Portland, Oregon’s own Daniel Menche is an undisputed master of noise. His majestic sculptures are sometimes soothing, sometimes infinitely grating, and always intriguing. He elicits a sense of control unparalleled in this oft out-of-control genre.
Throughout his tours during 94 and 95, he created and controlled said sounds using his usual contact mics and effects, but added a sheet of glass and a mound of iodized salt as sound sources. Crowds stood astounded as Menche poured the salt on the glass then let loose with the mics, grinding them against the salt-covered glass with one hand and twiddling knobs with the other. He built sounds so huge and threatening, you’d think you were standing next to a Boeing 747 preparing for take off, but he’d just as easily leave you awash in crackling near-silence with your heart racing, trying to catch your breath.
Roy Christopher: What can you tell me about the new record you’re working on for Side Effects? I know you’re using more technology than usual, but what can you tell me about your plans?
Daniel Menche: The new CD of mine from side effects is called Screaming Caress and it was released on January 13th, and I am beyond excited for it. It’s my first full length studio CD in two years and it’s definitely is a big jump up from my past CDs. It’s like comparing a bad Beavis and Butthead cartoon to that japanesse cartoon Akira: A lot more of everything with extreme amounts of detail and power in the sounds. It’s my most proudest work yet, and I am happy Brian (Lustmord) pushed me hard enough to expand my music. He’s kinda like a boxing coach for me: He slaps my ass straight to throw the strongest punches. It’s been brutal yet healthy disipline. And yes, it’s true: I do use very excellent studio with rather high-tech recording stuff but I’m definitely more primitive and rawer in the sound sources as ever. It’s very funny to see me in this nice studio, making a mess breaking things, punching microphones… and have all that going in fancy recording stuff. I really feel my music needs better recording technology for more power and detail in all the noise. I think it seperates my work from others a bit this way. Also my music sounds terrible from an lo-fi approach.
RC: What got you into making sounds in the first place?
DM: I never really had any music experience at all. I knew i could have learned to play music but I didnt like following the rules of the music language, but i really felt i can still do music but i wasn’t interested in mindless noise either so a middle ground had to be chosen. Around 89 I started messing around with crappy tape recorders and speakers and junk. Around 92 things started to take shape and looking like my noise was making sense. Then I got offered a CD from Soleilmoon, and I really put my head together and got serious. That was Incineration, my first CD. A rather crude recording at the time, but it showed I had a future to grow. It’s been just a few years, but my music has progressed a lot more terms of depth and power. I’m happy to see my little demon grow up to a bigger devil. The future is looking brillaint for it!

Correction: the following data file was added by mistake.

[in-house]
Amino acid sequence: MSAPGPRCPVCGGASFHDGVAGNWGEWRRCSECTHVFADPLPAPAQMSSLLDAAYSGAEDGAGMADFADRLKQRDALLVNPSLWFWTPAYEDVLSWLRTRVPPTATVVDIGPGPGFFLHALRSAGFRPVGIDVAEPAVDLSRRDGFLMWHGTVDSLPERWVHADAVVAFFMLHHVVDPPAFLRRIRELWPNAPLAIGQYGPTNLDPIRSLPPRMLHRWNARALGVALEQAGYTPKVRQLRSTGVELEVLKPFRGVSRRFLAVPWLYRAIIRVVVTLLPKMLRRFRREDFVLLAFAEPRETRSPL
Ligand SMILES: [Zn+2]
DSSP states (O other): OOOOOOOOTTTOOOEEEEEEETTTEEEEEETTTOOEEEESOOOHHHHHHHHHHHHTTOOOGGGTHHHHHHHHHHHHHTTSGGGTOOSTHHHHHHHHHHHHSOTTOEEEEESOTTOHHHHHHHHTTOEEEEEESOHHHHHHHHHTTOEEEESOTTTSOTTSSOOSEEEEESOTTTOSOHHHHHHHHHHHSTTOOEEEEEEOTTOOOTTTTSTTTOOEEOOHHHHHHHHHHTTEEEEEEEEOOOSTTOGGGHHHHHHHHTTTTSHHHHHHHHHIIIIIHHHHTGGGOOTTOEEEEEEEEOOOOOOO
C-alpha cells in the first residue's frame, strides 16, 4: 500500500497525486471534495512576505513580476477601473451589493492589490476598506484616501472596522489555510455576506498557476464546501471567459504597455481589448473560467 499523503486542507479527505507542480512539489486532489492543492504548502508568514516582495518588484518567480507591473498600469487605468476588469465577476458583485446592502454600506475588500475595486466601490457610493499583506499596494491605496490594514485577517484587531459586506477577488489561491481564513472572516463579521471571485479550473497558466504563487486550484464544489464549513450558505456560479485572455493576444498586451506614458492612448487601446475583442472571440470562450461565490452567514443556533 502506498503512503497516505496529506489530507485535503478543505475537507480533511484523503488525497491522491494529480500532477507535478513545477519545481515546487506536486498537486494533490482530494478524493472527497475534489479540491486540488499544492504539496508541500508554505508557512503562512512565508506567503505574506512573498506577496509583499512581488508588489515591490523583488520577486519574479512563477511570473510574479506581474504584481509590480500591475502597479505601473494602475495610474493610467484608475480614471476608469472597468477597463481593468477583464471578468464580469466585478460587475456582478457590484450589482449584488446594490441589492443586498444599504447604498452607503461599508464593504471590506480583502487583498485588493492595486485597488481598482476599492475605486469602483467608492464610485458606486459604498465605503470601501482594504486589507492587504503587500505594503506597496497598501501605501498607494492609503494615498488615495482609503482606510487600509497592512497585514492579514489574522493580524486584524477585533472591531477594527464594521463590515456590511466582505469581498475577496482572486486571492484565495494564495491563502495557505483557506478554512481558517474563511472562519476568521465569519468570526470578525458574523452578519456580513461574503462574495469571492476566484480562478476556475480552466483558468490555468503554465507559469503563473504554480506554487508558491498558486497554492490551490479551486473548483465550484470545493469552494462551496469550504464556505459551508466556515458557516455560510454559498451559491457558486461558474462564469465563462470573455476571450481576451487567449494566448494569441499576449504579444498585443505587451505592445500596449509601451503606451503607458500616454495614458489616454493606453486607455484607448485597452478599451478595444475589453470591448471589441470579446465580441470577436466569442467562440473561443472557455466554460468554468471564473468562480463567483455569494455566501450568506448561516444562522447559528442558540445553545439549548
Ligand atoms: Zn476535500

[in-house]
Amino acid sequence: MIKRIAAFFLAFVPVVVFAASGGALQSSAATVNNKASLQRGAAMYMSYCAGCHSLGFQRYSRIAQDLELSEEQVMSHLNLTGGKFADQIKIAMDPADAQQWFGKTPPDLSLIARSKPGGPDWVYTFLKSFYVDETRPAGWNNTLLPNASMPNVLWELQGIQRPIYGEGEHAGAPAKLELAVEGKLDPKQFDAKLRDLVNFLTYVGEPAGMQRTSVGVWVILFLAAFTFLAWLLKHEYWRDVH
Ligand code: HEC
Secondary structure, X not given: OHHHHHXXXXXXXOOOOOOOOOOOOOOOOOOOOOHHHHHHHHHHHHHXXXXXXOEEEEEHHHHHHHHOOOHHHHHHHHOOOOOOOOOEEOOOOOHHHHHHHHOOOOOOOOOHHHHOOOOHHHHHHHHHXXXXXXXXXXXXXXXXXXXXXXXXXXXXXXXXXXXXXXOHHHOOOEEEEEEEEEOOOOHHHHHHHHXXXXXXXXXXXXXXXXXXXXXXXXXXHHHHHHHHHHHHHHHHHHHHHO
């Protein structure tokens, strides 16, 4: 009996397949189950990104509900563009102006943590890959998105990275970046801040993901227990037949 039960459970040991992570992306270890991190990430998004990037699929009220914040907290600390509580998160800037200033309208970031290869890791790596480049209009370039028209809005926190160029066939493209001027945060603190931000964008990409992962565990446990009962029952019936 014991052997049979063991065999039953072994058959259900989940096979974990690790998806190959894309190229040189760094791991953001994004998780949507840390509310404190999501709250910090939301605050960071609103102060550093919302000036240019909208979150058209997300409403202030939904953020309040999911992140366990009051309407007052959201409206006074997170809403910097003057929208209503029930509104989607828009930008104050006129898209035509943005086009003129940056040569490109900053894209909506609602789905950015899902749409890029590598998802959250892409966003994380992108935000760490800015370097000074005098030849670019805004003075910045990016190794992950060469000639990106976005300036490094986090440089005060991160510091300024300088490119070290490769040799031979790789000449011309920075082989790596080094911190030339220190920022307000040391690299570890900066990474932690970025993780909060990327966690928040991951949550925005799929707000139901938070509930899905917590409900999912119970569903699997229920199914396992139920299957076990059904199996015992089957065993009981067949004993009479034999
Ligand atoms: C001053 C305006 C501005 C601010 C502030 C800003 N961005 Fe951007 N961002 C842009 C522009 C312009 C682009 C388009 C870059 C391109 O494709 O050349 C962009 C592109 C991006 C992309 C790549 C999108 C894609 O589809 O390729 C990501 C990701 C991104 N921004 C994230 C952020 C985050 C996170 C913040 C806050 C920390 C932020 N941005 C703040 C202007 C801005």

RC: Do you have any other projects coming up you can tell me about? I heard that Furnace Fucker and Blood Sand were going to be reissued on CD.
DM: Right now I am working on a CD for Ash International. No title yet. It will be totally diffrent approach from my other works: Much weirder sound sources and diffrent compisition approach. Mayuko Hino of C.C.C.C. is letting me use her raw vocal sounds as a sound source so this will be a fun CD to work on. After this I will do the final mixes on a collaboration CD I’m doing with Aube. It’s been two years in the working, but it will be finally realized soon. The whole CD is made from rain storm sounds from Japan and America and we both went crazy treating the rain sounds. Now I gotta do the final mix.
Then I will record a full CD of 1997 remixes of Furnace Fucker, Blood Sand, Chrome Homicide, Furius Eclipse, and possibly other remixes. I’m thinking of calling it somthing silly like “Furnace Fucker and Other Fellow Feinds.” For some weird reason, I still laugh my ass off over that title.
After that CD, there’s a lot of ideas, but I must refrain from having too many releases. I think that’s an unhealthy trend now: Having as many noise releases as possible, so expect an mellow pace for my releases.